So, in response to your questions about the dance shoes worn on Strictly, who better to ask for some insider secrets than former champion, Camilla ?
Camilla tells me that, “amazingly, the shoes are surprisingly comfortable. The dance shoes we wear for ballroom and Latin dancing have been developed over many years by top shoe manufacturers and world class dancers. They are designed to give us support in the right places & to be balanced correctly.”
This is especially important in the Latin dances, where the shoes are “designed to follow the foot when stretched. The Latin shoe feels completely like an extension of your foot and you are hardly aware that you are wearing it. If you were to do Latin without wearing a Latin dance shoe I would say that there are moves that you wouldn’t be able to do very well because of the shoes. Equally, when you wear the correct footwear it can enhance the movement and make it easier to arch and stretch your feet.” And you’ll have heard from the judges how important a pointed foot is, and how it completes the all-important line of a dancer when correctly performed.
Camilla lets me in on some secrets, “one of the interesting things you will find is that the ballroom dancers normally wear a lower heel than the Latin dancers. That is because in the Latin we need to have our weight further forward onto the balls of our feet, and you will find that even the men’s heels are little Cuban heels (higher than the ballroom) to make sure that they have their weight forward on the ball of the foot.”
Camilla says that “in ballroom this is not the case. Because of the hold and how close you are to one another it is not necessary to have the weight that far forward and actually it would be difficult for two people to move around the floor effortlessly if they did. For women the Latin shoe heels are normally around 3 to 3 1/2 inches and ballroom heels 2 to 2 1/2 inches. Ballroom dancers normally feel happier with a bit of a smooth floor to glide across while Latin dancers like a more sticky/oily floor to use when dancing into the floor.”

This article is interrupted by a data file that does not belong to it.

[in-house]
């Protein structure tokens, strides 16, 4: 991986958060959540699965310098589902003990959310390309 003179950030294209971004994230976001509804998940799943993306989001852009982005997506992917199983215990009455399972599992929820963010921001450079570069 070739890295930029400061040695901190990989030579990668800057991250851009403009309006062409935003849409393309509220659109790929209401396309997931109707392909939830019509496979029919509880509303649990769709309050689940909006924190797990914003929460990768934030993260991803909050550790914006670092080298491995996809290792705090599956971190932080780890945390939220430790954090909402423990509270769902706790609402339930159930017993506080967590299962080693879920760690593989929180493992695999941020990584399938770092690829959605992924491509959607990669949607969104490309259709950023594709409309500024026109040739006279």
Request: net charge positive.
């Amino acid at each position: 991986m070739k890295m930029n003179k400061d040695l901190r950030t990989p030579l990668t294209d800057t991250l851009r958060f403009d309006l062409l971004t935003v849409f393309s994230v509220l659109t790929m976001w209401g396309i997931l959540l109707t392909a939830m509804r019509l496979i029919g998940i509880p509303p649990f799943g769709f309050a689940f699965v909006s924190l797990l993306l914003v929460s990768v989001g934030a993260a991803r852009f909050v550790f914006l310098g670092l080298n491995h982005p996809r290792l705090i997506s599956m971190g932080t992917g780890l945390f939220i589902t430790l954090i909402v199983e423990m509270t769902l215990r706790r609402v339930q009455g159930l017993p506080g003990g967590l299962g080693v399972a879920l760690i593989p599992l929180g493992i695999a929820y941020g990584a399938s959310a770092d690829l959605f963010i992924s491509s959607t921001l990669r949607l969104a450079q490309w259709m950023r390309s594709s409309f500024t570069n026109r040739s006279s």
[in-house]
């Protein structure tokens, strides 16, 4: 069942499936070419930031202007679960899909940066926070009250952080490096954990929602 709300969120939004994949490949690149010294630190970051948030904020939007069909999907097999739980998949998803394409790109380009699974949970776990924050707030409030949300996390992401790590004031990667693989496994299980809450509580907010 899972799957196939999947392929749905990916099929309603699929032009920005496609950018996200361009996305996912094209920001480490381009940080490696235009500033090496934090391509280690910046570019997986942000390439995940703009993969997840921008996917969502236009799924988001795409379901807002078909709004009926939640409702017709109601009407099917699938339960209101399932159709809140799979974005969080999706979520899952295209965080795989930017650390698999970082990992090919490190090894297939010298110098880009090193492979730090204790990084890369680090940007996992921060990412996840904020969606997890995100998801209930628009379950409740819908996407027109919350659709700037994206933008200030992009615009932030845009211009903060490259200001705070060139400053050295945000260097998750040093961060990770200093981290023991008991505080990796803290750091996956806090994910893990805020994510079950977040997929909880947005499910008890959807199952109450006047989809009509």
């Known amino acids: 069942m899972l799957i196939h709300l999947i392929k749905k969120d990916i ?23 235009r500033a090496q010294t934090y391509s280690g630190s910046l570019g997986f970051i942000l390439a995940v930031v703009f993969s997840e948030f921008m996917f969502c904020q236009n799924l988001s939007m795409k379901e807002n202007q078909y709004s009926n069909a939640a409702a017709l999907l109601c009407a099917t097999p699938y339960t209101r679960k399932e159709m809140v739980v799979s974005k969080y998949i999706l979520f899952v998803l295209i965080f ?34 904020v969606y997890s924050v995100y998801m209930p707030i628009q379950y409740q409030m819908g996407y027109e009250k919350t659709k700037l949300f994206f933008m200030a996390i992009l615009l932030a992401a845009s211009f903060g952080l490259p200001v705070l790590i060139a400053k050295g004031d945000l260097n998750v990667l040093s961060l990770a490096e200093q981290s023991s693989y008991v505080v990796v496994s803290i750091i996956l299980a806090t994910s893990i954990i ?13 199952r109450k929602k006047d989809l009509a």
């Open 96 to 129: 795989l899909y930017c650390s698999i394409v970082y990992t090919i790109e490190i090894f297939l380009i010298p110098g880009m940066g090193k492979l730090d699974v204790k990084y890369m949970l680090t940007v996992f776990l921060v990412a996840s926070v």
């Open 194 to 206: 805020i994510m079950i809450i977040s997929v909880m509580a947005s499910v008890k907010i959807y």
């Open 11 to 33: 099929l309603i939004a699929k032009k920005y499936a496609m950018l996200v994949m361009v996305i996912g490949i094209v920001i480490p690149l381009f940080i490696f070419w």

Last week Head judge Len Goodman suggested that Michelle Williams should try a lower heel, and if you remember that was all about correcting the position of her weight.
I asked Camilla what the shoes are made from, and she told me “the soles are made of suede so they last a long time and you can brush them with a special steel brush to make them non-slippery, or leave them and they get more slippery. Many Latin dancers put castor oil underneath to get a great non-slip shoe.”
I know that a lot of people are concerned about the shape or size of their own feet and about how suitable they may be for wearing dance shoes, especially if you also have bunions to content with. Camilla has very sensible advice, “I have been very lucky with my feet and not had any bunions, as I have always worn the correct footwear when dancing and sensible footwear when off the dance floor!”